Date: Thu, 22 Jun 2023 12:30:28 UTC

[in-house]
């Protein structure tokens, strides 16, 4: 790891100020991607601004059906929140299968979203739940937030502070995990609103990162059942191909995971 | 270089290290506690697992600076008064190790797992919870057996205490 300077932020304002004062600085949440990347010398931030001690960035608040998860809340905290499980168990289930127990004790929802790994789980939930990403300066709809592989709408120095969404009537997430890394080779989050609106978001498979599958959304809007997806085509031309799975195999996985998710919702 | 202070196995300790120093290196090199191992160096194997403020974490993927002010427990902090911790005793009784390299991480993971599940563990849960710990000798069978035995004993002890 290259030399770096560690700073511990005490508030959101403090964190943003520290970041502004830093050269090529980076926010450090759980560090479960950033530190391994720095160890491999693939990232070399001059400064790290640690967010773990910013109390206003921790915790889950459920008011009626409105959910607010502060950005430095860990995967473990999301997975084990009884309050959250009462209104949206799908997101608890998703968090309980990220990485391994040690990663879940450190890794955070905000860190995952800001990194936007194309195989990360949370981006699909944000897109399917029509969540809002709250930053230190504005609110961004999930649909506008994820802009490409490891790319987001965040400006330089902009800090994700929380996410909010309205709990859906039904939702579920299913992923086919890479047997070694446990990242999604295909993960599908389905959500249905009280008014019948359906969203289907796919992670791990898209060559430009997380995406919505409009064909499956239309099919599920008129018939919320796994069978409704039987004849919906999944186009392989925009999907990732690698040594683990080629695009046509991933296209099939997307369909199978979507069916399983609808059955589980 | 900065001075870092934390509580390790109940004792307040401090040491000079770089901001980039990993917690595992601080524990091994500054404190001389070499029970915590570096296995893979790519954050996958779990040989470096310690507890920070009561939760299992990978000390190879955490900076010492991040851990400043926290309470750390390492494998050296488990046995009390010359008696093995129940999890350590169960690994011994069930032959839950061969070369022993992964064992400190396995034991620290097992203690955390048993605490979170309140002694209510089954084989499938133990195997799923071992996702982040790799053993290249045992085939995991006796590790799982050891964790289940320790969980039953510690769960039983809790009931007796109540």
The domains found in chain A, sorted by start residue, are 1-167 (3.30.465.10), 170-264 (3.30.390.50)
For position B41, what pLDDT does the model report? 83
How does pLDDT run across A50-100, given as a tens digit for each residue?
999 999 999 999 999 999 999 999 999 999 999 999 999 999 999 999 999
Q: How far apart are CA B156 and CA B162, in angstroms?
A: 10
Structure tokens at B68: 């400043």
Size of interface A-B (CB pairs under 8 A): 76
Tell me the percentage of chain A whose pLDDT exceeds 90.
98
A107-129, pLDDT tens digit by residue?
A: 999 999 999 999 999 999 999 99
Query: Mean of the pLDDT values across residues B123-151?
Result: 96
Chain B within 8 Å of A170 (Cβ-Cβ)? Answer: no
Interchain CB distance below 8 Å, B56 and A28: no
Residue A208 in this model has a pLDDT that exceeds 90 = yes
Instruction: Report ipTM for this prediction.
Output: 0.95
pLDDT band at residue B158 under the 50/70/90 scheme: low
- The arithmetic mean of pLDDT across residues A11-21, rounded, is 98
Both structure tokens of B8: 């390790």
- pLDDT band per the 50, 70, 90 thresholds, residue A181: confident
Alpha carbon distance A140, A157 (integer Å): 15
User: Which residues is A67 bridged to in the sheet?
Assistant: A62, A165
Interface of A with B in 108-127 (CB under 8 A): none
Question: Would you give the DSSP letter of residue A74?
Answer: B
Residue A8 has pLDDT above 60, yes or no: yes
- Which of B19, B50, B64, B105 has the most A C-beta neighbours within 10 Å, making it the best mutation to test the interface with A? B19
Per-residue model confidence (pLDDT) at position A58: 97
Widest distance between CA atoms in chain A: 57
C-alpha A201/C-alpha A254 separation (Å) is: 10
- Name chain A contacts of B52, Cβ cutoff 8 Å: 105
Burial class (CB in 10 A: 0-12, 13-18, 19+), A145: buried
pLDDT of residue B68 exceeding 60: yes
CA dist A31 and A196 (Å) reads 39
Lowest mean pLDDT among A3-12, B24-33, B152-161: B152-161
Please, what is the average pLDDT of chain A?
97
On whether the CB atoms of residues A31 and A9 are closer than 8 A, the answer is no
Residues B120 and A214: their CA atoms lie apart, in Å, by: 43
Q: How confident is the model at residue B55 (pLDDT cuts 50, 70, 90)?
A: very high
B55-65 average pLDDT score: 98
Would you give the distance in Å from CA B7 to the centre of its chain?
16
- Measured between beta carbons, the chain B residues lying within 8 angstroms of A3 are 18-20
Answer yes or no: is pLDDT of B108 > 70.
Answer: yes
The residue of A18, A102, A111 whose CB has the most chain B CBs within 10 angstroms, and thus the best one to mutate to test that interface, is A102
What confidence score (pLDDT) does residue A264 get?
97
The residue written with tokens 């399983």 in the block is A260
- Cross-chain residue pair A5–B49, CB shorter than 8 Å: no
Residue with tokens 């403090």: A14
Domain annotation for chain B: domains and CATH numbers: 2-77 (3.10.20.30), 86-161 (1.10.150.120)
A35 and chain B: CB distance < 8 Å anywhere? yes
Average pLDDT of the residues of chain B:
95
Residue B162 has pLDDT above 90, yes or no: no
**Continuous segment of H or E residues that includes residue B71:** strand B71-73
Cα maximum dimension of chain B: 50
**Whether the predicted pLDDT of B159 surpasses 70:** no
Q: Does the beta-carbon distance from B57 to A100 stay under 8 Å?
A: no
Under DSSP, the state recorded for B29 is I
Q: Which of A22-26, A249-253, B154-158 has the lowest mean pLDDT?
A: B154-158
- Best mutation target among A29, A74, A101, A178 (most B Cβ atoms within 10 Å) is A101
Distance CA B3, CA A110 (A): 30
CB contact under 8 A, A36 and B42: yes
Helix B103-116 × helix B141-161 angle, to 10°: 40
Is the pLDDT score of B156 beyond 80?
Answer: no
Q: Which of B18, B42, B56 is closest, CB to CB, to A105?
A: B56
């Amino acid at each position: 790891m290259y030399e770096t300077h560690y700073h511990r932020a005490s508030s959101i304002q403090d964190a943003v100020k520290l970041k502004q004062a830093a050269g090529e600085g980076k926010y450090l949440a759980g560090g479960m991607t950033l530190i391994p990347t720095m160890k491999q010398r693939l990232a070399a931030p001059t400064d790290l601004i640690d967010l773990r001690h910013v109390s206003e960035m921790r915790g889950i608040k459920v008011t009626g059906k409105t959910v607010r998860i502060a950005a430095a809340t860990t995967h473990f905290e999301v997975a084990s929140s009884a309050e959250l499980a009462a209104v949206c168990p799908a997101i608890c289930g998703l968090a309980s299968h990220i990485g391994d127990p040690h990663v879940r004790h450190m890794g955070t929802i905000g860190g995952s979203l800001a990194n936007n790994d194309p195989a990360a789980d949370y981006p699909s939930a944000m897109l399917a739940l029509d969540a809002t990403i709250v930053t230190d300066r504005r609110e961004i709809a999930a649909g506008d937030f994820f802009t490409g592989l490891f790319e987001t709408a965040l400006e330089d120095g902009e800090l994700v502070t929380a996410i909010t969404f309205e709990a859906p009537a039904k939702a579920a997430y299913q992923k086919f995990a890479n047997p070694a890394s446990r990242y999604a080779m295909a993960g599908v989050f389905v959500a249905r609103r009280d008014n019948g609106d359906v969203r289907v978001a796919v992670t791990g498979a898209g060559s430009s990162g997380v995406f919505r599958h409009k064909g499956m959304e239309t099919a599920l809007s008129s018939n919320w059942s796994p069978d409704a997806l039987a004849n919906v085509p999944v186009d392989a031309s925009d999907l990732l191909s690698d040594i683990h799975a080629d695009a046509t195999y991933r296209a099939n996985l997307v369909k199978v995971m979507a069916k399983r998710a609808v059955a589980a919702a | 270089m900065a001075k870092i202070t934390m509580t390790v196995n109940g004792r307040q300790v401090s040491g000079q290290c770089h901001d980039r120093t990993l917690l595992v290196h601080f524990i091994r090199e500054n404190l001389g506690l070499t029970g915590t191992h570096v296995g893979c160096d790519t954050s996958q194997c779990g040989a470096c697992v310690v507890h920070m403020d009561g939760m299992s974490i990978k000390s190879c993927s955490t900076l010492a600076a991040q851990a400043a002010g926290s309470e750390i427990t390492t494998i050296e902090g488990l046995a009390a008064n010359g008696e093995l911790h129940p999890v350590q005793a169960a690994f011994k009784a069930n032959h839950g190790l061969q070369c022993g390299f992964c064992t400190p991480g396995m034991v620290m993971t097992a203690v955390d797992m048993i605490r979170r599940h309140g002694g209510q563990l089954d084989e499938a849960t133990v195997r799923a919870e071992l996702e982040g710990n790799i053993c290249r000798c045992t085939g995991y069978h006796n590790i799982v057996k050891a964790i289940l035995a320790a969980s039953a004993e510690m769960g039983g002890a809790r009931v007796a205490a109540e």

https://bugs.freebsd.org/bugzilla/show_bug.cgi?id=271989 --- Comment #9 from Markus Wild <email@example.com> --- (In reply to Dan Langille from comment #8) there you go, the bogus pool_guid: 18320603570228782289 is what causes your kernel to fail to load the pool, since it shows up in your console messages as mismatched comparisons against the vdevs the kernel found. This is most likely -as with my installation- the result of originally installing the zpool on the entire disk, and then later removing that pool and reducing the zfs partition and recreating the pool. From what I reverse engineered, a zpool seems to put 2 labels at the beginning of its assigned disk space and 2 labels at the end, most likely in an effort to be able to restore those labels should someone/something accidentally overwrite them. The stupidity of the whole thing is: the kernel code to load the zfs root filesystem seems to first scan the "entire disk device" for these 4 labels, and if it finds any, will insist in using them and NOT consider any valid labels of partitions in the GPT partition table. zpool import doesn't do this, it's just the mount code in the kernel. There is a "zpool labelclear" command which is supposed to clear these wrong old labels, but I personally didn't trust it to not go ahead and clear the labels of ALL zfs instances on the disk if you let it loose on the entire disk device. The man page is not very clear in this respect, and searching for this shows I was not the only one confused on the exact behavior of that command. What I did in my case is: - use gpart to add an additional temporary swap partition to fill the disk: gpart add -t freebsd-swap nvd0 - this resulted in a nvd0p5 in my case - then I did dd if=/dev/zero of=/dev/nvd0p5 bs=1024M to clear that temp partition, and thus the end of the disk from the old zpool label - remove the temp partition again: gpart delete -i 5 nvd0 if you check the device again after this (zdb -l), it shouldn't find any labels anymore. What I'd expect for the future, and why I didn't ask for this bug report to be closed after I fixed my problem: - kernel mount code should first check all valid zfs partitions for labels - only if no labels are found in valid partitions should it also consider the entire disk device (nvd0, ada0, etc) to cover the cases where people define a zpool like "mirror /dev/ada0 /dev/ada1". I know this works for data pools, but I'm not sure you could actually boot from such a pool. Cheers, Markus -- You are receiving this mail because: You are the assignee for the bug.